Battle in Seattle: US police officers under attack as May Day protesters run riot
Eight police officers were hurt and 18 protesters arrested in Seattle last night when a May Day rally that began peacefully turned violent after dark, with crowds hurling rocks and bottles at police who responded with pepper spray grenades.
Protesters threw rocks, bottles and chunks of asphalt at officers, officials said, smashing store and car windows, overturning trash cans and lining up newspaper display racks to block streets.
Police in riot gear, some riding in armored SWAT vehicles, responded by repeatedly firing "blast ball" grenades, which emit smoke tinged with pepper spray.
"We're a bigger, better city than this," Mayor Mike McGinn said at a news conference. "I'm disappointed that this is the picture the world sees of us."
Most of the 150-200 protesters who had stayed on the street after darkness fell for a "non-permitted" protest had dispersed by midnight.
"We did not start to take action until that group itself started to act violently towards the officers and the community at large," Assistant Police Chief Paul McDonagh said.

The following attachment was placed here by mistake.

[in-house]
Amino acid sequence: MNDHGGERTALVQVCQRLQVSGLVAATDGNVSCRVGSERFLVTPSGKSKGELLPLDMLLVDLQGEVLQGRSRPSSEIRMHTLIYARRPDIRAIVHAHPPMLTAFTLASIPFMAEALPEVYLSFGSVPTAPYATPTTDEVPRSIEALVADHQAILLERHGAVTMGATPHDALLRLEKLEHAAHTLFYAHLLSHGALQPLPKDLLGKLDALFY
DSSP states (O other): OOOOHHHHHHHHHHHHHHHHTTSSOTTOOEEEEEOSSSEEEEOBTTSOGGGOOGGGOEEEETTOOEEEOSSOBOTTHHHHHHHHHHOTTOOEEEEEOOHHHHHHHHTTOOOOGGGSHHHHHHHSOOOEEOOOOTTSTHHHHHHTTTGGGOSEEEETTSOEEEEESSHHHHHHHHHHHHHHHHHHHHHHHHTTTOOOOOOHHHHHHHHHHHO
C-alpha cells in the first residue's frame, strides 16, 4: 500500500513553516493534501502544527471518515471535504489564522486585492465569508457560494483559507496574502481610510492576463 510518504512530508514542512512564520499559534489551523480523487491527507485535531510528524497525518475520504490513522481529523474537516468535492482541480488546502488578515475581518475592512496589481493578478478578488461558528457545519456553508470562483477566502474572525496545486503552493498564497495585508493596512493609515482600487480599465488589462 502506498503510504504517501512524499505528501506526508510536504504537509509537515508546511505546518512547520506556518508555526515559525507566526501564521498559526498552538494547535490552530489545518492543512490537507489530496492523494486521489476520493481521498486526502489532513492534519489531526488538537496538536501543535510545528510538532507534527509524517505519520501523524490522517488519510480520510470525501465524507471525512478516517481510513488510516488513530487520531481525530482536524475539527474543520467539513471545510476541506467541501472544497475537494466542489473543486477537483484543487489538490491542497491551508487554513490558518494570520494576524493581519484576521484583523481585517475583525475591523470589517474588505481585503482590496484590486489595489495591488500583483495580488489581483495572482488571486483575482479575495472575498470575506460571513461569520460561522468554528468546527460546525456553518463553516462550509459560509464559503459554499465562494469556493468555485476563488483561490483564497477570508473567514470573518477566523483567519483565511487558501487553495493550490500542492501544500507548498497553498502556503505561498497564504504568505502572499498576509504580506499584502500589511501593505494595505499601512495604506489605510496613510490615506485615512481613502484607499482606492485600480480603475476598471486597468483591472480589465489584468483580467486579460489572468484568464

The day started with a peaceful march in support of immigrant rights, part of May Day rallies in cities across the U.S. West planned by a coalition of organized labor activists, students, civil rights advocates and members of the clergy.
In Los Angeles, thousands of protesters marched through downtown waving American flags and carrying signs with the slogan, "Stop deportations."
One police officer said that unofficial estimates put the size of the crowd in Los Angeles at roughly 3,500 people. No arrests were reported.
In Arizona, where a state crackdown against illegal immigration was signed into law three years ago, several hundred people joined a late-afternoon rally outside the state Capitol in Phoenix, ahead of a march through downtown.
McGinn said Seattle officials had not expected violence but had wanted police to maintain a visible presence for the rally following the Boston Marathon bombing two weeks ago.
"The Boston situation is really on all of our minds," McGinn said. "I thought it was important to ... be in a position to move promptly if there were law breaking."
Of the eight officers who were hurt most suffered only scrapes and bruises, police officials said, although a policewoman was hit in the knee by a large chunk of asphalt.
A bipartisan group of U.S. senators in April introduced an 844-page bill, backed by President Barack Obama, that would rewrite many of America's immigration laws.
A centerpiece of the measure would create a path to legal status and ultimately citizenship for many of the 11 million undocumented immigrants in the United States.
It also aims to secure the U.S. border with Mexico against illegal entry and to make it easier for industry, particularly high-tech businesses and agriculture, to hire workers from abroad when needed.